A number of conservative politicians and commentators continue to put pressure on the Silicon Valley over what they see as a political bias that serves to diminish right-wing voices.
The backlash has resulted in some tough questions for executives at some of the world’s largest tech firms, including Twitter CEO Jack Dorsey.
Dorsey has acknowledged the company culture leans left but denied that the platform censored any users based on political views, according to a previous report by The Western Journal.
“We need to constantly show that we are not adding our own bias, which I fully admit is left, is more left-leaning,” Dorsey said last month. “And I think it’s important to articulate our bias, and to share it with people so that people understand us, but we need to remove all bias from how we act, and our policies, and our enforcement.”
He expounded on those comments in a recent interview published by Recode with New York University journalism professor Jay Rosen.
During the conversation, Dorsey acknowleged that some conservatives working for Twitter do not feel comfortable speaking openly on some issues.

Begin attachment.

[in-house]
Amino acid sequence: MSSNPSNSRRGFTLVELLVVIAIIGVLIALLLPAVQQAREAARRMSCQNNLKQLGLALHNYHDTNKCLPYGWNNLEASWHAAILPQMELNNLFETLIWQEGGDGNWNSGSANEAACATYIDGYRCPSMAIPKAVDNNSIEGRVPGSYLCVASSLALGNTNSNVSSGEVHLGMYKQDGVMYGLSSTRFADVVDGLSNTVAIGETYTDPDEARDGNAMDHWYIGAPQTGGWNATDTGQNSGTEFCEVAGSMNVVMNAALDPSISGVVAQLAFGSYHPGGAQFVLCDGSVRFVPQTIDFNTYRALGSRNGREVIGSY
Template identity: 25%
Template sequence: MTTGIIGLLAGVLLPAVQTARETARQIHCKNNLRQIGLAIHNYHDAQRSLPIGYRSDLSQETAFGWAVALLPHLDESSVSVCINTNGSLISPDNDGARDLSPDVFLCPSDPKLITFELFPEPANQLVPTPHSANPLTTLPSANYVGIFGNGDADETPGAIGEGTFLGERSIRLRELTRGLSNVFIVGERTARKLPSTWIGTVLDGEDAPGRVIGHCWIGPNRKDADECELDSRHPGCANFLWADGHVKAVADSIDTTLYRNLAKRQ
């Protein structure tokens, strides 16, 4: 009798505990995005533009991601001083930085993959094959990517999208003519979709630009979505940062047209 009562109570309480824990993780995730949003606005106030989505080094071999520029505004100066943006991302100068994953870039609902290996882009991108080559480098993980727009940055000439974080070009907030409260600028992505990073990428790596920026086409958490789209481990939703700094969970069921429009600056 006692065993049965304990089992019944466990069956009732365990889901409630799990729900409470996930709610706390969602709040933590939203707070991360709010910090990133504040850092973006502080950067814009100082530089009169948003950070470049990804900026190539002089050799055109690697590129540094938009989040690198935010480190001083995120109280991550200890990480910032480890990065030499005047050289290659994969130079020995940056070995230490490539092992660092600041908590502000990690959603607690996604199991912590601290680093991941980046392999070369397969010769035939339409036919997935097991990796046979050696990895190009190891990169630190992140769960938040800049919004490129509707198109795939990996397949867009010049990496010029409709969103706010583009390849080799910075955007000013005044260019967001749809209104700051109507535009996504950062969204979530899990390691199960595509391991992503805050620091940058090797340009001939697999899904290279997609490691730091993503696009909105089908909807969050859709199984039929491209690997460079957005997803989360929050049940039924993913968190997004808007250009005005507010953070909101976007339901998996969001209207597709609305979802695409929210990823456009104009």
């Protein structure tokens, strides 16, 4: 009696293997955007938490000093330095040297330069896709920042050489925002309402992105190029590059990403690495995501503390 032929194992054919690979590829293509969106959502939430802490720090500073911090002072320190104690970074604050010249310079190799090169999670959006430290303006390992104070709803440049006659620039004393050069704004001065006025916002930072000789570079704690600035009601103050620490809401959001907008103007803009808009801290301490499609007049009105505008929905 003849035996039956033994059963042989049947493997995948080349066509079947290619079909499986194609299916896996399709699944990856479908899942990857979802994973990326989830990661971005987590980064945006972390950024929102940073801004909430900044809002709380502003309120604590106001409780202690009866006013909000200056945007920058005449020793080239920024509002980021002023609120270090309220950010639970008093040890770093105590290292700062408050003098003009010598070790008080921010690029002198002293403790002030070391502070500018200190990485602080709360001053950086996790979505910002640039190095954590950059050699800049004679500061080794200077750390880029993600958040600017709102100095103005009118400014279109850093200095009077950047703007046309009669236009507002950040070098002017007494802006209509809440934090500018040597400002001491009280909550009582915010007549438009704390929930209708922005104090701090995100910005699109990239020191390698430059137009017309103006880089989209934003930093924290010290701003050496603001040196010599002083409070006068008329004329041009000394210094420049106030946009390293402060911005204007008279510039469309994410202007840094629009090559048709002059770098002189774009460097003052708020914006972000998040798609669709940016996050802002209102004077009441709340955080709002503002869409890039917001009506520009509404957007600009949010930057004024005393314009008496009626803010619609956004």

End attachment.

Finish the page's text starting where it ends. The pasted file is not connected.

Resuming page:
“We have a lot of conservative-leaning folks in the company as well, and to be honest, they don’t feel safe to express their opinions at the company,” he said, according to Fox News.
Dorsey went on to say that some conservatives “feel silenced” in the workplace because of “what they perceive to be the broader percentage of leanings within the country.”
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Using an example from his childhood, he explained why he does not think it is “fair or right” for employees to feel pressured to keep their views silent.
“We should make sure that everyone feels safe to express themselves within the company, no matter where they come from and what their background is,” he said. “I mean, my dad was a Republican.”
His mother “was on the opposite end of the spectrum,” he said, but conservative radio hosts were constantly playing on the radio at their house.
“I always felt safe to challenge both of them, especially my dad, and so it was definitely a privilege,” he said. “But if we’re creating a culture that doesn’t enable people or empower people to speak up or not, we’re going to be able to do that for our service.”
Dorsey continued to deny that Twitter employees silence conservative voices in any way based on their political views.
He reiterated, however, that he feels being open about the predominant ideology at the company is important.
“I think it’s more and more important to at least clarify what our own bias leans towards, and just express it. … I’d rather know what someone biases to rather than try to interpret through their actions,” he said.
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